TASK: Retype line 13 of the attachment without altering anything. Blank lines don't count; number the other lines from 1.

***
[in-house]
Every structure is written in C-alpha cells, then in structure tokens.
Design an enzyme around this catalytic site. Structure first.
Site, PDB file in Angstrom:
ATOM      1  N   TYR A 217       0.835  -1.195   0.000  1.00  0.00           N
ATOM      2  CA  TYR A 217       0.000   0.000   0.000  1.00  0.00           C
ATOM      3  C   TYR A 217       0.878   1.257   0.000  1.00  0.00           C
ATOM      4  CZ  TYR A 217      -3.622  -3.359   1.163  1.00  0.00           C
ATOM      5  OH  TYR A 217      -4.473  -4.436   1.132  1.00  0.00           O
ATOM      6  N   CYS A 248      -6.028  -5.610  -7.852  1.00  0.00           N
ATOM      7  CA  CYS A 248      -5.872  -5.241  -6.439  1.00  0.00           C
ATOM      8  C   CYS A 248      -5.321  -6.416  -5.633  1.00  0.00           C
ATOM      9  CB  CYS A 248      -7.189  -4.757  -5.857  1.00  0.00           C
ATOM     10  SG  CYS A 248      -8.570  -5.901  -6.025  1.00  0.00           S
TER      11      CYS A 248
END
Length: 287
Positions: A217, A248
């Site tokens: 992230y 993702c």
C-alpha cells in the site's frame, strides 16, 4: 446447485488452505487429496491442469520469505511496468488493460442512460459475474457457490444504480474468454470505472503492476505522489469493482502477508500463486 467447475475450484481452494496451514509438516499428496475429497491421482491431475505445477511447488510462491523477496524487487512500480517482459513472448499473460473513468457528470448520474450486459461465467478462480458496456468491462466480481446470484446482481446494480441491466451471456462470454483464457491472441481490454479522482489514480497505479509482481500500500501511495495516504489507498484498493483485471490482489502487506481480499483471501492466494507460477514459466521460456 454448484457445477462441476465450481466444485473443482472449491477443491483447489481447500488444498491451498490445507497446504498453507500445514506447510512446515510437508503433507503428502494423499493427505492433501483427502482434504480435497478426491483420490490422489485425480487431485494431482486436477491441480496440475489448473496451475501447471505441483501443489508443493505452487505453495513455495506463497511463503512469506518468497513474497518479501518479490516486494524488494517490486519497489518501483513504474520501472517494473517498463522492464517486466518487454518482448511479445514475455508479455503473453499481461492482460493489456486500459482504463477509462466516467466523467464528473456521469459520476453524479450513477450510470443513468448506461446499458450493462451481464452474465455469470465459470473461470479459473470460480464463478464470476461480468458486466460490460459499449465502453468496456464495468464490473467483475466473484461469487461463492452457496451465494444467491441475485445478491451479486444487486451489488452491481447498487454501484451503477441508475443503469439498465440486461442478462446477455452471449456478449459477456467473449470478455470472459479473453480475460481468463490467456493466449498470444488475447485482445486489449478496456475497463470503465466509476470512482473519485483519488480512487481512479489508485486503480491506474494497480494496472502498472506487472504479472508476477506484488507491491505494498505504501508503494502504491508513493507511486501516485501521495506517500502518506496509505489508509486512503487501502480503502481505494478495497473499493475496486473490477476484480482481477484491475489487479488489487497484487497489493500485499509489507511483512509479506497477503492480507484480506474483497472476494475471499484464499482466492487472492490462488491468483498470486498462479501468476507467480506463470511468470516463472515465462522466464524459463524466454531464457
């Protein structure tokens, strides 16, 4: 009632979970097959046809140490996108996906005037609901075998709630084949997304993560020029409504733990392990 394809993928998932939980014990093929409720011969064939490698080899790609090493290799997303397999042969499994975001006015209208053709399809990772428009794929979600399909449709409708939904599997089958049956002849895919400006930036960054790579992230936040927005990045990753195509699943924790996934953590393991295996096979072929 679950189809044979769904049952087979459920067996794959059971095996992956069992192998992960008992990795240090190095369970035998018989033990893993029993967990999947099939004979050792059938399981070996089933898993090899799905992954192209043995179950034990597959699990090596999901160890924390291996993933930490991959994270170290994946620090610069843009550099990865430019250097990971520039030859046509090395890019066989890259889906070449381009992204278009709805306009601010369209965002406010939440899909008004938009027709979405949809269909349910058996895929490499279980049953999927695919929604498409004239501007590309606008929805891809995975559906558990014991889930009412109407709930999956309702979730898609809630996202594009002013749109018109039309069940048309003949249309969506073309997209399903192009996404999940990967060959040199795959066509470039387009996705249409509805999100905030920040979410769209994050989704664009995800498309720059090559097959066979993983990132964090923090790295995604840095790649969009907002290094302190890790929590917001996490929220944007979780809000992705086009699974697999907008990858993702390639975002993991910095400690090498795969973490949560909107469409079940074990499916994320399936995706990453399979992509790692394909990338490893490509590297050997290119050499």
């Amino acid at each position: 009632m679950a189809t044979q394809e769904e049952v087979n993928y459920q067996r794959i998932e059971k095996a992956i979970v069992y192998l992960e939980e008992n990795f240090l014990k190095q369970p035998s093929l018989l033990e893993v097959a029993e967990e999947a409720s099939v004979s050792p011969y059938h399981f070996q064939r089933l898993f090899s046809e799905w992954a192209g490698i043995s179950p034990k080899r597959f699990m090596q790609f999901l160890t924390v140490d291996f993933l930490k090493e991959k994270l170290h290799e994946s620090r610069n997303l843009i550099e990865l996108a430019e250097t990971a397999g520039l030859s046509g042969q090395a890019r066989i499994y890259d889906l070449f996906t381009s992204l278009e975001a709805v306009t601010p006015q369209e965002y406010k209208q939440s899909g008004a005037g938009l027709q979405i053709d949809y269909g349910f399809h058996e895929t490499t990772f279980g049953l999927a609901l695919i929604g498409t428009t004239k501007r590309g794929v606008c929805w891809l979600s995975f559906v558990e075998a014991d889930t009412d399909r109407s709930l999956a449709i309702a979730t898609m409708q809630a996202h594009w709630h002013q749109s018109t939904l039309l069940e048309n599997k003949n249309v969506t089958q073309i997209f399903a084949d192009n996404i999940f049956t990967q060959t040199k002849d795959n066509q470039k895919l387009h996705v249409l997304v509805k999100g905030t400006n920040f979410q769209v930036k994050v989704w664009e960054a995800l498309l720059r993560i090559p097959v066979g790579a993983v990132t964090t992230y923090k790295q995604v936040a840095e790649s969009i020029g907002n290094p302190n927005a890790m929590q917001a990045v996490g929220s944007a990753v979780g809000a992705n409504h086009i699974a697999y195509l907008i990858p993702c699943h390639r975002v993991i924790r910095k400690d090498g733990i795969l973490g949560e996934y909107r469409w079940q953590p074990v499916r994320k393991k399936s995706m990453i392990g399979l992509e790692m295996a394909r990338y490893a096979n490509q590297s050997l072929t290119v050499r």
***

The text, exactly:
ATOM      9  CB  CYS A 248      -7.189  -4.757  -5.857  1.00  0.00           C